I sat across from a man that I swore I would never see again. Yet, fate has a mysterious – if not a cruel – way of bringing us together, and under rather interesting circumstances too.
My heart is sore.
Your friendship has been impossible to obtain and I want to bury these memories into the cold, damp soil in hopes that they will never see the golden sunlight again.
Someday, perhaps, these tainted memories will blossom into a scarlet rose.
My mind was riddled with these thoughts and even though we picked out a small, private table outside, I still couldn’t breathe.
He was leaving the country in a couple of days and the thought of his feet touching a different continent gave me a nauseating feeling.
Suddenly, I pushed away the dainty cup – while he was in the middle of divulging details of his upcoming trip – and slammed a scrunched up five dollar bill on the round, metal table.
He paused, unsure of what I was trying to accomplish. He never liked my spontaneity because he always thought he had me figured out.
“Good luck. I have to go. I forgot that I have to work on a presentation,” I lied and gave him a polite smile.
“What’s wrong?” He asked, his green eyes searching for mine.
I didn’t answer.
Instead, I hurried out of the café before he bombarded me with questions that I couldn’t answer. I slipped my arms into the pleather sleeves of my bomber jacket and melted into the faceless crowd of strangers that rushed down the sidewalk.
I shoved my clenched fists into the pockets and gritted my teeth.
I left my sunglasses in the car, back in Chinatown, and I couldn’t help but feel stupid as I started crying in public. My tears earned a couple of concerned stares but I kept my eyes pinned to the cracked asphalt as I slipped by the eager tourists that dotted Little Tokyo and hurried down Hope St.
My heart felt like an open piñata, and all of its content was out in the open for him to analyze. I knew it was a mistake to see him and I knew that he’d win this fight – he always knew what to do and say in these situations.
He’d always come out a victor.
And at that moment, I wanted to scream at the top of my lungs and share the pain that coursed through me with the innocent bystanders that stood at the cross section with me and waited for the green light.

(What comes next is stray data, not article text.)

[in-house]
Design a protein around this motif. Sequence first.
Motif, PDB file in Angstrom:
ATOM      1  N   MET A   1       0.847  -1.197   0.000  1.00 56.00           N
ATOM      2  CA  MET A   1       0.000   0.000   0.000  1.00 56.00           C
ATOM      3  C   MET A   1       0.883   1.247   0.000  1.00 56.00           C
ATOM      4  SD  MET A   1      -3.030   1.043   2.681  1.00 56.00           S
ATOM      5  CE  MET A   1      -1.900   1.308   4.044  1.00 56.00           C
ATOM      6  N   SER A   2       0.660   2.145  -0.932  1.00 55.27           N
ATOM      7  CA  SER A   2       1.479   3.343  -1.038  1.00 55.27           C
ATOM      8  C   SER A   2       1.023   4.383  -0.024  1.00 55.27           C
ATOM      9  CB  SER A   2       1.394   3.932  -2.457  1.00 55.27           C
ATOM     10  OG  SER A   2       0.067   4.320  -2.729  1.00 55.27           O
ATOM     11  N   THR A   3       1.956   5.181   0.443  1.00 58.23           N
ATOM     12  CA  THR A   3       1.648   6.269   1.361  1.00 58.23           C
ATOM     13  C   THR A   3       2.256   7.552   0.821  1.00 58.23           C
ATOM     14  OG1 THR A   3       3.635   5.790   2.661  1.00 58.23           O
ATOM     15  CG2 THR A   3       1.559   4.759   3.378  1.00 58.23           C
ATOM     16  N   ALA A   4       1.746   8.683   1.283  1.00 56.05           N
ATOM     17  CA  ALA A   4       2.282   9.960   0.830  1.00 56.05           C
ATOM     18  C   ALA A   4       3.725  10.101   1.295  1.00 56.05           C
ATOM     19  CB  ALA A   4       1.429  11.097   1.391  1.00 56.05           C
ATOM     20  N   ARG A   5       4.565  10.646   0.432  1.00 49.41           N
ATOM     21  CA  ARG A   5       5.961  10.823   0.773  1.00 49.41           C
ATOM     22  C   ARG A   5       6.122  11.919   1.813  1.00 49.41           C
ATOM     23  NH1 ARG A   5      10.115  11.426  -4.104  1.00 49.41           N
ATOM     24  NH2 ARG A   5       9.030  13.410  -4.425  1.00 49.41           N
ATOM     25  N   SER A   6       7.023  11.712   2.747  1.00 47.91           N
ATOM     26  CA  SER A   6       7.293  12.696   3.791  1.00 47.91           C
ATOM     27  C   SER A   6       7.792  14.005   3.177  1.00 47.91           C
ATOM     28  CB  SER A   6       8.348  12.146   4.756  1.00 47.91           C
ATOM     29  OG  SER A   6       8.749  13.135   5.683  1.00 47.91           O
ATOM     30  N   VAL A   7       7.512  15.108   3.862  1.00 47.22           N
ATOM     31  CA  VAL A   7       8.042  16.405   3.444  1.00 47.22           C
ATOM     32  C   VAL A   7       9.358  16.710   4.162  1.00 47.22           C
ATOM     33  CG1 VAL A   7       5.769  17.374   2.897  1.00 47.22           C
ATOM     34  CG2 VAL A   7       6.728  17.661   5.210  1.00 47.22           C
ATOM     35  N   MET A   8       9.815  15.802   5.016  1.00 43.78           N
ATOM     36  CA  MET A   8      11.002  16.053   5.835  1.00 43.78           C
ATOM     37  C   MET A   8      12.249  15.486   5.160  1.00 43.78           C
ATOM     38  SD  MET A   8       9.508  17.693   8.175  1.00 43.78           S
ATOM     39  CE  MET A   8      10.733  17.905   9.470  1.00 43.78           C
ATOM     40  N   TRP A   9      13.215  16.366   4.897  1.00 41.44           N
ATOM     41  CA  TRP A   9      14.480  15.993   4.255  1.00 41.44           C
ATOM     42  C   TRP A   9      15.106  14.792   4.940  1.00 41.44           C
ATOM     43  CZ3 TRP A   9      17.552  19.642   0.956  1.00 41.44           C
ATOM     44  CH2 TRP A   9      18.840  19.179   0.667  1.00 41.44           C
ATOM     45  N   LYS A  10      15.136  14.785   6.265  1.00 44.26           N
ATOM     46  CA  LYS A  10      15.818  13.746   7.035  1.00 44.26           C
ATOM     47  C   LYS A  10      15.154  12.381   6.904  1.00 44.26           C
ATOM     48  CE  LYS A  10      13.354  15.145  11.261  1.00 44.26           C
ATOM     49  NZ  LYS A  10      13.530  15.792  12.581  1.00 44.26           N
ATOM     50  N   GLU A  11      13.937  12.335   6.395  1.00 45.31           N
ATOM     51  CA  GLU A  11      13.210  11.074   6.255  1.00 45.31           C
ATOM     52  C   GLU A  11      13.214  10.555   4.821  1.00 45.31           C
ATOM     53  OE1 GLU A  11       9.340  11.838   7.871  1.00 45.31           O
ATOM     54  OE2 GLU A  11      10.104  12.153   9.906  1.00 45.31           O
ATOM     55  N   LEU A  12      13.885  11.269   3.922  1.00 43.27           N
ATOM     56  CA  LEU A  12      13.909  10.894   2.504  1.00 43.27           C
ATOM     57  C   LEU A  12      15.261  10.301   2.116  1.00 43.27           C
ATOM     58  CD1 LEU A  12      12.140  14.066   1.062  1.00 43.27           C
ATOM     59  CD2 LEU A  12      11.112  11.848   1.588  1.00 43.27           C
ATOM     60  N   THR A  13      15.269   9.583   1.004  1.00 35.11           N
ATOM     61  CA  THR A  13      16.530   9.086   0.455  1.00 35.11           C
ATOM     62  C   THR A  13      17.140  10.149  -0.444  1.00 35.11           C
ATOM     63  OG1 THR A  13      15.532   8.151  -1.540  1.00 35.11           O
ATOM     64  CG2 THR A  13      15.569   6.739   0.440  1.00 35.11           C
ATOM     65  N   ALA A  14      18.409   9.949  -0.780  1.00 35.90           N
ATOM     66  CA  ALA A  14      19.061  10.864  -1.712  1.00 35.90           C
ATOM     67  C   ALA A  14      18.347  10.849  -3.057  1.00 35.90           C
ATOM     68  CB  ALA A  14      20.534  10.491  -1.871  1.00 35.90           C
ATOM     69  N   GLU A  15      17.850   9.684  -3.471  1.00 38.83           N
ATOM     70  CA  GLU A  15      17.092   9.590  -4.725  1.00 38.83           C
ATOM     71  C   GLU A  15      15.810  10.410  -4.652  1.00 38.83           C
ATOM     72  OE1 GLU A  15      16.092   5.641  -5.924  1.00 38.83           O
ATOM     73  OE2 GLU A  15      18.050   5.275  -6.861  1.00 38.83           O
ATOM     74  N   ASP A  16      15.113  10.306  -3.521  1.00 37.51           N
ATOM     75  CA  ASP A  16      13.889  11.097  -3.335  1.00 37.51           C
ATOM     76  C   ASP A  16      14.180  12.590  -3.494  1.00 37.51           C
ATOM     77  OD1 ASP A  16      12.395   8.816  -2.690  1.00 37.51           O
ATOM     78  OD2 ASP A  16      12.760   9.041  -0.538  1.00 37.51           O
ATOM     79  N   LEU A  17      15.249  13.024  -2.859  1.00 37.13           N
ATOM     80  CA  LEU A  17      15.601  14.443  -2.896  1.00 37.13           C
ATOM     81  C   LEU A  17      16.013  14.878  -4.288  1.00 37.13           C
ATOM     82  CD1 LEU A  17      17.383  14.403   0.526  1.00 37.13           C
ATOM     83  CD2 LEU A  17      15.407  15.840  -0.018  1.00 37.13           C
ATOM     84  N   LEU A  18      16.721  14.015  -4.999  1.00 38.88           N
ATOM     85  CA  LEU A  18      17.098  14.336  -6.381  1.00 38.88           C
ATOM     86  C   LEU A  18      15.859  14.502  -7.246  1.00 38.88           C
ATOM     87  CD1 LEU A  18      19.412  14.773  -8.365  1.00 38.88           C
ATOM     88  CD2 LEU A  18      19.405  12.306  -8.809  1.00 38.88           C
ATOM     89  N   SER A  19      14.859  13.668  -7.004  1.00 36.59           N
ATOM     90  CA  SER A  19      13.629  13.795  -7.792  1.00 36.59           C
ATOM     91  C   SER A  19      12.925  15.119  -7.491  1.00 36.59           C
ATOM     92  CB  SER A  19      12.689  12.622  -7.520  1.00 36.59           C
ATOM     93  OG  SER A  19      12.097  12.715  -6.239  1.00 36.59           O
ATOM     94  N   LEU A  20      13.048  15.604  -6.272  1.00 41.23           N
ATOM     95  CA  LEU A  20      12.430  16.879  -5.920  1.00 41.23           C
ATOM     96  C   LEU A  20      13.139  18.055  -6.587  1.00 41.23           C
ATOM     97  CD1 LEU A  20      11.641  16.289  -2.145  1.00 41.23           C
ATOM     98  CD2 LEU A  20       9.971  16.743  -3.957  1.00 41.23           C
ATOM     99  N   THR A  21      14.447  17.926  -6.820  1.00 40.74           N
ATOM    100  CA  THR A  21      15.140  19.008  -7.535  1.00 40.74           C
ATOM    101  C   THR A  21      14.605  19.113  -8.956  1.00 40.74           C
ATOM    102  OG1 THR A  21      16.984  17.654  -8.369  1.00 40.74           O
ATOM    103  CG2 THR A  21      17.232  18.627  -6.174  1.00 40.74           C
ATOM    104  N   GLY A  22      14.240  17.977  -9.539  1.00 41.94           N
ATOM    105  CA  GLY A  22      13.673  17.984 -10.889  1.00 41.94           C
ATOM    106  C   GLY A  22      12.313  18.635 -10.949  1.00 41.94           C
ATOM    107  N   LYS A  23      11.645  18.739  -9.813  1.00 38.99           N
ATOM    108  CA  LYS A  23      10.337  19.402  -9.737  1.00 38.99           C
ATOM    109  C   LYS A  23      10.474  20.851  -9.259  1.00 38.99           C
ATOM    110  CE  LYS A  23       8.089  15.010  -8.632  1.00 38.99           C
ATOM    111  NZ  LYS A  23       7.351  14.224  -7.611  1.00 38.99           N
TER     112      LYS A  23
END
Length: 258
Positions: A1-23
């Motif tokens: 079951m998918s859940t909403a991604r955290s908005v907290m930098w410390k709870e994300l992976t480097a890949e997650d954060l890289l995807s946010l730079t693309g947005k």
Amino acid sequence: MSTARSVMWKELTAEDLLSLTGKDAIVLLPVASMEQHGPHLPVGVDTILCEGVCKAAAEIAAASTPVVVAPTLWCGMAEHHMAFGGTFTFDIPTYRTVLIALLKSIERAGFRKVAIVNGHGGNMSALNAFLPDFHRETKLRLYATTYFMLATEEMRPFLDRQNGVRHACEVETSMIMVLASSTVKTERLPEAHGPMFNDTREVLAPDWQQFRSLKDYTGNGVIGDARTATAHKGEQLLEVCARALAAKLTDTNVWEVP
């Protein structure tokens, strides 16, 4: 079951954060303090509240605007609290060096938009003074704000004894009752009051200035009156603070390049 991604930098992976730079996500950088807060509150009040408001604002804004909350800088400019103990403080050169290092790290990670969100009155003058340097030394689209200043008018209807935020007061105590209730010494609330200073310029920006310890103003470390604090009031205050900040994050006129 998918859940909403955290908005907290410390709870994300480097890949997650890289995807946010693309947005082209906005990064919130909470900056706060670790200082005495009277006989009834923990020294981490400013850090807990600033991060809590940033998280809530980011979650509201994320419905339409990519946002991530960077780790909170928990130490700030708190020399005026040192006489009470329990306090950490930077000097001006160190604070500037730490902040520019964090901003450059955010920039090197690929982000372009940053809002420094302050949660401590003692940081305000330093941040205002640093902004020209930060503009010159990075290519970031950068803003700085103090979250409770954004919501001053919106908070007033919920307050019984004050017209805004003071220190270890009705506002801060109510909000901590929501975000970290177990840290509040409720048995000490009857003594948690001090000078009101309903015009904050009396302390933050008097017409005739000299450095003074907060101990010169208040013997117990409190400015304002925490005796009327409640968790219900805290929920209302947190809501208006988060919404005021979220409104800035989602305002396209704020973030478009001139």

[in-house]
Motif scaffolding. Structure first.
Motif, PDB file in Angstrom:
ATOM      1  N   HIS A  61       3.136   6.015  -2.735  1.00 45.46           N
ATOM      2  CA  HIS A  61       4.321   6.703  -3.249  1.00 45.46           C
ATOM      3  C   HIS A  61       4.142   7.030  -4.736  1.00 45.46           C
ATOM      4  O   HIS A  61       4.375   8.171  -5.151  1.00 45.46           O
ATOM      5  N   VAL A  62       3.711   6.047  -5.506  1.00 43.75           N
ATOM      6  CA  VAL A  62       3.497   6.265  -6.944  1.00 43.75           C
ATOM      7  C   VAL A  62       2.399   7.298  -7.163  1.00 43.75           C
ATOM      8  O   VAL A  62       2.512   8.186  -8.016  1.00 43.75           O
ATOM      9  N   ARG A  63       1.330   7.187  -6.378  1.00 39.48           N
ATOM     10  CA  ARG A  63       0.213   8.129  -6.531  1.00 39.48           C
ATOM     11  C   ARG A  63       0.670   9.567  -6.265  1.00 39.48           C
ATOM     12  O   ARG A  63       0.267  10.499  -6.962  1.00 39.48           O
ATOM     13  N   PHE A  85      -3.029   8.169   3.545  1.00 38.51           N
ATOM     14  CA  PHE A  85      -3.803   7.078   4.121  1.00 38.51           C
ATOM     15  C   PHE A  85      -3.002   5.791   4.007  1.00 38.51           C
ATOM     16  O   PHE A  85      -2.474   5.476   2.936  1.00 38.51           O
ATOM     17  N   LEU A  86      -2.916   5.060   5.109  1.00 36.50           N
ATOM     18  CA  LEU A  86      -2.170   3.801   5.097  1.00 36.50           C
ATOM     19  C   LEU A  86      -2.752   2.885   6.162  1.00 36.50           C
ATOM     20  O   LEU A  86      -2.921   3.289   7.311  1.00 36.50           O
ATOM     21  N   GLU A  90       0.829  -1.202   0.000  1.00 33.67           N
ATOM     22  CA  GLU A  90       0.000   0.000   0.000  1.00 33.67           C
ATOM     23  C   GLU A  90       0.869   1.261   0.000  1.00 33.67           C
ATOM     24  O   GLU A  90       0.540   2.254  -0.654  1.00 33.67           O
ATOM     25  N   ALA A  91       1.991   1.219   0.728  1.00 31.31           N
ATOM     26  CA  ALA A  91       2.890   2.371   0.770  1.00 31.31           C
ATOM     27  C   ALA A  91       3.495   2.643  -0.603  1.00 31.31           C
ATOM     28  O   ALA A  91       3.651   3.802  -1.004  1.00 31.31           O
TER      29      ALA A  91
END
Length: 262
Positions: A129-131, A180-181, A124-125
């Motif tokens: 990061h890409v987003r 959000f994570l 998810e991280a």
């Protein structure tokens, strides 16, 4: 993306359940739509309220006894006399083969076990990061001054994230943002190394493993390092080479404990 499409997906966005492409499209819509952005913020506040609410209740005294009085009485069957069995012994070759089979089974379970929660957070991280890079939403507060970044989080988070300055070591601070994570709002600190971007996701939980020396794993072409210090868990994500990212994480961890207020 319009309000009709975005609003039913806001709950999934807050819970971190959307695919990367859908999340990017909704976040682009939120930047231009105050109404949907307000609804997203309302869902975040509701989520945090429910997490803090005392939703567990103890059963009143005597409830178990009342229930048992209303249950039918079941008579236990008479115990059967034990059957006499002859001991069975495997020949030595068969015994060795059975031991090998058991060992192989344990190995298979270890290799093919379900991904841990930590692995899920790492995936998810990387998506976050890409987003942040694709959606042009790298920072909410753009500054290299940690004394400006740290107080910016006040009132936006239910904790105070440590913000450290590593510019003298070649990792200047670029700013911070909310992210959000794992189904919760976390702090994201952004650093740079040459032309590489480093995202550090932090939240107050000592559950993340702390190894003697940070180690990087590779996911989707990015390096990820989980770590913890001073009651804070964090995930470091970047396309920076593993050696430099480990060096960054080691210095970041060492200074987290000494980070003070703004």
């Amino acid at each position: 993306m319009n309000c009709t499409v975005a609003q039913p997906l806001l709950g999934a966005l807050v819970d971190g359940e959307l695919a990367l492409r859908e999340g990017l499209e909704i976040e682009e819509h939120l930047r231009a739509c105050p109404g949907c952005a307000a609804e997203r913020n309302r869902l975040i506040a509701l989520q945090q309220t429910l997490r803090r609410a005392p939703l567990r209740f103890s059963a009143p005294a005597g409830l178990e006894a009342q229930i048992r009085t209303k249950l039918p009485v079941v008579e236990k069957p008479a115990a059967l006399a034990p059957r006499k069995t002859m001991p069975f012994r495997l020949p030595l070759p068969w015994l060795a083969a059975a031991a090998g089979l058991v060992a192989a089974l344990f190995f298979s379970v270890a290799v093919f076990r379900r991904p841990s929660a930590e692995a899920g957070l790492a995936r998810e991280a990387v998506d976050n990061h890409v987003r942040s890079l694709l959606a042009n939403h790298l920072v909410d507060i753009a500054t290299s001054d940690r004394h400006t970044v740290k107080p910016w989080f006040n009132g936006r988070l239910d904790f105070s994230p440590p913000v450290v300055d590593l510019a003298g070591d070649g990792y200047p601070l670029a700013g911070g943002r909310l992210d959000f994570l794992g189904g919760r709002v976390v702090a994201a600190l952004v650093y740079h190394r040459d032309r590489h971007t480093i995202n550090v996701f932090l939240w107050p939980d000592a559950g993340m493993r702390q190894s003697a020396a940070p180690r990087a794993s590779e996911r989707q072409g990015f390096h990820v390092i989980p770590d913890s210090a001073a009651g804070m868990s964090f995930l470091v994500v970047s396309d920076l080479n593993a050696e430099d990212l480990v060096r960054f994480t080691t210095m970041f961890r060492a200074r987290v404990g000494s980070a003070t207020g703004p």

I was being selfish and yet, I didn’t care.
I jogged up the stairs to the Dorothy Chandler Pavilion when I heard him call out my name. He reached the top, panting slightly, and the sight of him completely out of breath with beads of perspiration on his forehead made me laugh.
He failed to see the humor in the situation. “What the hell was that all about? Why did you run out on me like that?”
He was angry.
“There’s nothing else for me to say. I wished you good luck. That’s all. End of story.”
“Oh, come on! I wanted to leave this country on good terms. Why are you acting like I still owe you an apology? You were warned. You have always been warned about my reputation!”
“I remember. I just—” there were so many words that I wanted to yell in his face but just like the school of silver fish in the ocean, I couldn’t grab a hold of any of them. And, there was an array of emotions that I wanted to run through but I couldn’t identify which one of them I wanted to display first.
Anger? Sorrow? Confusion? Nonchalance? Happiness?
I started to cry again – he had an uncanny gift of bringing tears to my eyes and twisting my emotions into a cherry knot. I stood a few inches away from him and it literally felt as though we were the only two people on Earth.
No one else mattered.
“I’ll miss you, homie. Despite the pain you put me through, I still wish you the best.”
He took a deep, exasperated breath and raked his fingers through his hair. For the first time, I saw a hint of sorrow in his green eyes and that’s when I realized he was hurting too.
He pulled me into a warm embrace. “I’ll miss you too.”